By José A. Álvarez, County of San Diego Communications Office
Feb. 26, 2019
The San Diego County Board of Supervisors today voted to support State Assembly Bill 262 (AB 262), which would strengthen the authority of the County public health officer to direct actions of governments in other local jurisdictions affected by an infectious disease outbreak.
Today’s action directs the County’s chief administrative officer to support and sign on as a sponsor of the bill, introduced by State Assembly members Todd Gloria and Lorena Gonzalez. The goal is to give public health officers in the state the power to direct local jurisdictions what actions to take to prevent communicable disease outbreaks, such as the hepatitis A outbreak in San Diego County in 2017.
“The safety of our communities is our number one priority,” said Supervisor Nathan Fletcher who brought the item to the Board. “Moving forward with this provides us the authority necessary to inform and direct other jurisdictions on actions that they may need to take to potentially avoid a disease outbreak or help contain one.”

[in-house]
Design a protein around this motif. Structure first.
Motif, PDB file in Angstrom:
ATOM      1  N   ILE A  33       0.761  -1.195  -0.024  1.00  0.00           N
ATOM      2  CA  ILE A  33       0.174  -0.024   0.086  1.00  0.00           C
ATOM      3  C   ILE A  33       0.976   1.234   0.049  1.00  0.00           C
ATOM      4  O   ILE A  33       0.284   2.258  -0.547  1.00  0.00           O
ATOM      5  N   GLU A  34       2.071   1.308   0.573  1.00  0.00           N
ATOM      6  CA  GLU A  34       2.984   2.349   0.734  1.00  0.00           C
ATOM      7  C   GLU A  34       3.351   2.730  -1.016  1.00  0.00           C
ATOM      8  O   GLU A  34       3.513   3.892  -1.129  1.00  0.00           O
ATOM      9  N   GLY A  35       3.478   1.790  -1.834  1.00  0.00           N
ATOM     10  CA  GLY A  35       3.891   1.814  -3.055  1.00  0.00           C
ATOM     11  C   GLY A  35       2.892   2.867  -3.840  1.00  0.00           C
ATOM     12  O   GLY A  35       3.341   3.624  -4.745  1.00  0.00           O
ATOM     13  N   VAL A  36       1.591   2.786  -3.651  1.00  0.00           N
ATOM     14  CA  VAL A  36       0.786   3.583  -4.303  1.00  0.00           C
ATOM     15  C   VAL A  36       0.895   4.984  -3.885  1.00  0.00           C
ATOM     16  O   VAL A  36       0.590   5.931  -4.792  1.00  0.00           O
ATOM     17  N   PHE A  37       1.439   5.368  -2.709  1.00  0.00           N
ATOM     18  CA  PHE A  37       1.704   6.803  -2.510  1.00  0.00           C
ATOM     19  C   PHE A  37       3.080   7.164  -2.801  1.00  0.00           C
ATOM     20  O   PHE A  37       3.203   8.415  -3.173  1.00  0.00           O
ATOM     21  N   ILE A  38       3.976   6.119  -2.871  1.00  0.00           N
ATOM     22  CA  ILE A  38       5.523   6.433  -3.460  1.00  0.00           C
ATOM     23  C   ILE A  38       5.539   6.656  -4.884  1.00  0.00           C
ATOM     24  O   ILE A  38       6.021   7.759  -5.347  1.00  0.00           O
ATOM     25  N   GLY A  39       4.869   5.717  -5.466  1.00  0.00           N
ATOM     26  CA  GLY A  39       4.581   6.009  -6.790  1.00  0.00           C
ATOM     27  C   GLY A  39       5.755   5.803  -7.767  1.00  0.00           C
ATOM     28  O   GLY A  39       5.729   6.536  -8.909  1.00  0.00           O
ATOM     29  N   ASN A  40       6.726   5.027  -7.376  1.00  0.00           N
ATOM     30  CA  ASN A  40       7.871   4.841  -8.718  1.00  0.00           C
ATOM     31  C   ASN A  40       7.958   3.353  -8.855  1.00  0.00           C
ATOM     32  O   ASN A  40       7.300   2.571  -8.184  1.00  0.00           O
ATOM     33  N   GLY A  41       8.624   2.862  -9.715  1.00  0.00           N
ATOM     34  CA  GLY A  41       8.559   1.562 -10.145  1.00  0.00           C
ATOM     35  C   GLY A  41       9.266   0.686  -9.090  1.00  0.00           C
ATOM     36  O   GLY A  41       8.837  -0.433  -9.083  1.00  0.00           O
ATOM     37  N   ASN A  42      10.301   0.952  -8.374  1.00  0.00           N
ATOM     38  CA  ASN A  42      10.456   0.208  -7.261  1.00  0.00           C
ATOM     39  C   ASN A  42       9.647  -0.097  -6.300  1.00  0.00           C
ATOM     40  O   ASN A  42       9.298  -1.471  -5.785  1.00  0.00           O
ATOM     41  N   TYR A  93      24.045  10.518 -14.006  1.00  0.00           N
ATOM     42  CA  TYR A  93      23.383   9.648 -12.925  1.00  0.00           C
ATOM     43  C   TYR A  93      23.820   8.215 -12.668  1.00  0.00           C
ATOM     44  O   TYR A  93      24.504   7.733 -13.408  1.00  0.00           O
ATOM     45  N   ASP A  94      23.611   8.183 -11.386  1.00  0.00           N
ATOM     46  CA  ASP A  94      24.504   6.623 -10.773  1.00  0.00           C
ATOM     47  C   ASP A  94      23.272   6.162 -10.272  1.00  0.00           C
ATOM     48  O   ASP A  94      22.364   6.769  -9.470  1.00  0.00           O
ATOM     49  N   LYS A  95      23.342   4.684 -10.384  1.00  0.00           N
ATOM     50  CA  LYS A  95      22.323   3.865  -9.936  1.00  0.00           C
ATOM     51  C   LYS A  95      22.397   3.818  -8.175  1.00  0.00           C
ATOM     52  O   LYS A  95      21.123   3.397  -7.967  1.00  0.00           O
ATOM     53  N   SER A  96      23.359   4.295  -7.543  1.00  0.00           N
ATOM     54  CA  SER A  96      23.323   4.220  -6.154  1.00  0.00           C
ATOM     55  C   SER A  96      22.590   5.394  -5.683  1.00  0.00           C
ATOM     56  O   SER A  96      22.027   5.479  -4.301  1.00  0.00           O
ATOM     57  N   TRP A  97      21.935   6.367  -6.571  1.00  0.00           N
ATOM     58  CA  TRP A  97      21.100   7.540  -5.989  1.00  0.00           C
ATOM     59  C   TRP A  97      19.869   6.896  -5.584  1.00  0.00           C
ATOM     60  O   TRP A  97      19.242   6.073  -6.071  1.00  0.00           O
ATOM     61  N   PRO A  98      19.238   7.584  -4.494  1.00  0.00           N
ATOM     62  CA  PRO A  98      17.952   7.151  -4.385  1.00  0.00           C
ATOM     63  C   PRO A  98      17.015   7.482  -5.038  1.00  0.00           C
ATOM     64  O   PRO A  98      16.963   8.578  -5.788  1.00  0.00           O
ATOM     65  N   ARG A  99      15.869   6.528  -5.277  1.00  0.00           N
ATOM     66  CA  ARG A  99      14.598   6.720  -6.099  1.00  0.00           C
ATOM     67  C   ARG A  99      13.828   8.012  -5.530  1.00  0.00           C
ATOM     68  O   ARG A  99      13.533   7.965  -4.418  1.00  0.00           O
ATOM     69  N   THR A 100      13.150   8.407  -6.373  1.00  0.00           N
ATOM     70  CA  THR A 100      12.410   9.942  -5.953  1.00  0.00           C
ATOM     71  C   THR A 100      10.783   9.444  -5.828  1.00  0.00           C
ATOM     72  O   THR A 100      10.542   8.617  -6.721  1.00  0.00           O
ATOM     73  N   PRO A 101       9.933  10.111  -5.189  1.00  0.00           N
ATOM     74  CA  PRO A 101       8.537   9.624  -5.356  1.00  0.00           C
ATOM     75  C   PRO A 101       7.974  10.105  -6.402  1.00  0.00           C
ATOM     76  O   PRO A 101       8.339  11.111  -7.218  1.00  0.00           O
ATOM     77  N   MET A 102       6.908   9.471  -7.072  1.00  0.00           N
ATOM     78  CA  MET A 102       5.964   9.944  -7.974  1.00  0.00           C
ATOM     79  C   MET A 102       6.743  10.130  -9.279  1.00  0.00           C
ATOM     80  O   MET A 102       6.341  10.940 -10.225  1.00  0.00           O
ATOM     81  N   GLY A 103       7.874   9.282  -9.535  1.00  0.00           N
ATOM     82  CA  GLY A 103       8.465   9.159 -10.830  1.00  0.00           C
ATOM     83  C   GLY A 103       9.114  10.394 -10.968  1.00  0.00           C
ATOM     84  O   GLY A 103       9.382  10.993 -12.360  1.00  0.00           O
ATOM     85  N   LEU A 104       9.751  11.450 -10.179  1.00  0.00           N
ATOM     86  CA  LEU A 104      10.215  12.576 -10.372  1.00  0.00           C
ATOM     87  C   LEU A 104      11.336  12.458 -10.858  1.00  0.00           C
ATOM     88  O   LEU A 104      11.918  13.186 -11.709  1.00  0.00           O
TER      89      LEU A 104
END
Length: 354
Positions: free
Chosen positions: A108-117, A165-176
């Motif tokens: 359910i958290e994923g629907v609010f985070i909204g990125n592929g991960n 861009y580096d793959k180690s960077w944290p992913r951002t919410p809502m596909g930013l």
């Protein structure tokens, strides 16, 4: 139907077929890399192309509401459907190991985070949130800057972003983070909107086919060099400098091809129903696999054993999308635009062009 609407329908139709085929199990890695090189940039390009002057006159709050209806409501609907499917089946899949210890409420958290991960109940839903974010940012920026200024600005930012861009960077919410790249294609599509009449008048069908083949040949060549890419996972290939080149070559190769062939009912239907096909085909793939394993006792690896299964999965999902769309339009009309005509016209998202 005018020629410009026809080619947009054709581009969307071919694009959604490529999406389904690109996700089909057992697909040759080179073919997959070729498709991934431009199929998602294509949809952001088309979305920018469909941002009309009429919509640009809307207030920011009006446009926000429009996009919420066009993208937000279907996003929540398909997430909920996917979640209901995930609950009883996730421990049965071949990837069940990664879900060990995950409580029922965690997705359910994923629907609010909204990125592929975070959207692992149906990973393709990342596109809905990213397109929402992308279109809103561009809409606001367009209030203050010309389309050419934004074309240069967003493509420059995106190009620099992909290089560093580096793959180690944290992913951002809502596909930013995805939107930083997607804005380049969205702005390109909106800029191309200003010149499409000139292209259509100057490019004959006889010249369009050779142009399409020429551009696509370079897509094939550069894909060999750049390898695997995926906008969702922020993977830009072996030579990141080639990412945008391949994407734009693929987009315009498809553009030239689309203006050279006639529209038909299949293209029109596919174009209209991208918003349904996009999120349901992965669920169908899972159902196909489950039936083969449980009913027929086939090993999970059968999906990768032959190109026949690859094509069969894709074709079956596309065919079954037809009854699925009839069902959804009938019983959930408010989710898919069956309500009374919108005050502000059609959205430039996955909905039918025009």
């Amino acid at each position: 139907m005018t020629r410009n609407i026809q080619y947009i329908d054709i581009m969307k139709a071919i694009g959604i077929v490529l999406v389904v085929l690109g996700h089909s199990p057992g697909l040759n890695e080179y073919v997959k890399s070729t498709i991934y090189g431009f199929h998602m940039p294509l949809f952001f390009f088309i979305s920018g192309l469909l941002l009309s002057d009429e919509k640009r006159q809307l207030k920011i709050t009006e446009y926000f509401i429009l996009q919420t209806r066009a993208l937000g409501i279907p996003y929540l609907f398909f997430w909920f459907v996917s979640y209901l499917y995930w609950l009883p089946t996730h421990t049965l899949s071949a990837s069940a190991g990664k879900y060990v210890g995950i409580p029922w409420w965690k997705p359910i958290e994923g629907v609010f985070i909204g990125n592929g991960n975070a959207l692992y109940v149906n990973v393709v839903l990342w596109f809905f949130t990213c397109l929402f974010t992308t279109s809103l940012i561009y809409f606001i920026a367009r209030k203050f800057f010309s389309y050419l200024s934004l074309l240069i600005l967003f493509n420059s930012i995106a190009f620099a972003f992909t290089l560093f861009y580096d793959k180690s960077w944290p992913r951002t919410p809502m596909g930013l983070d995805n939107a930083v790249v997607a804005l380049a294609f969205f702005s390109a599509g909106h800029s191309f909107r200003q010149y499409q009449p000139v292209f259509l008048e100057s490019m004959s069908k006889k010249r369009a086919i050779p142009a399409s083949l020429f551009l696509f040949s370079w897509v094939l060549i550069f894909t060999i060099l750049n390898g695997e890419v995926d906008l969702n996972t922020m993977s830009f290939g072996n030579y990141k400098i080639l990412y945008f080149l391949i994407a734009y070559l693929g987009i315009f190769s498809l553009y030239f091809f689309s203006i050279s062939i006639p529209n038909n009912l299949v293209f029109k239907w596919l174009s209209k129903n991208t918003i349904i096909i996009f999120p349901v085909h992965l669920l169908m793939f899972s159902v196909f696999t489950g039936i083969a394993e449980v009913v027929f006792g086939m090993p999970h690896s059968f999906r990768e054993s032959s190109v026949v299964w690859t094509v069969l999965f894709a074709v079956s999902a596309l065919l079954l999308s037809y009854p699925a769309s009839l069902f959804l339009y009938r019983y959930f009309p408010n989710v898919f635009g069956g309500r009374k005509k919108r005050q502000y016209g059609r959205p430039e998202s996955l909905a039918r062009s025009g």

In March of 2017, the County Health and Human Services Agency documented an increase in hepatitis A cases among homeless people and users of illegal drugs. Despite vaccination and sanitation efforts, an increasing number of cases led the County public health officer to declare a local health emergency Sept. 1, 2017.
When the local health emergency ended in January 2018, a total of 20 people had died from hepatitis A and 577 people had contracted the virus, which also sent 395 San Diegans to the hospital.
In its effort to stop the outbreak, the County and community providers administered 203,858 vaccinations, with about 88.4 percent, or 180,242 vaccinations, given to the at-risk populations.
For general information on hepatitis A, visit the HHSA hepatitis website where data are updated routinely. A hepatitis A fact sheet is also available.
José A. Álvarez is a communications specialist with the County of San Diego Communications Office.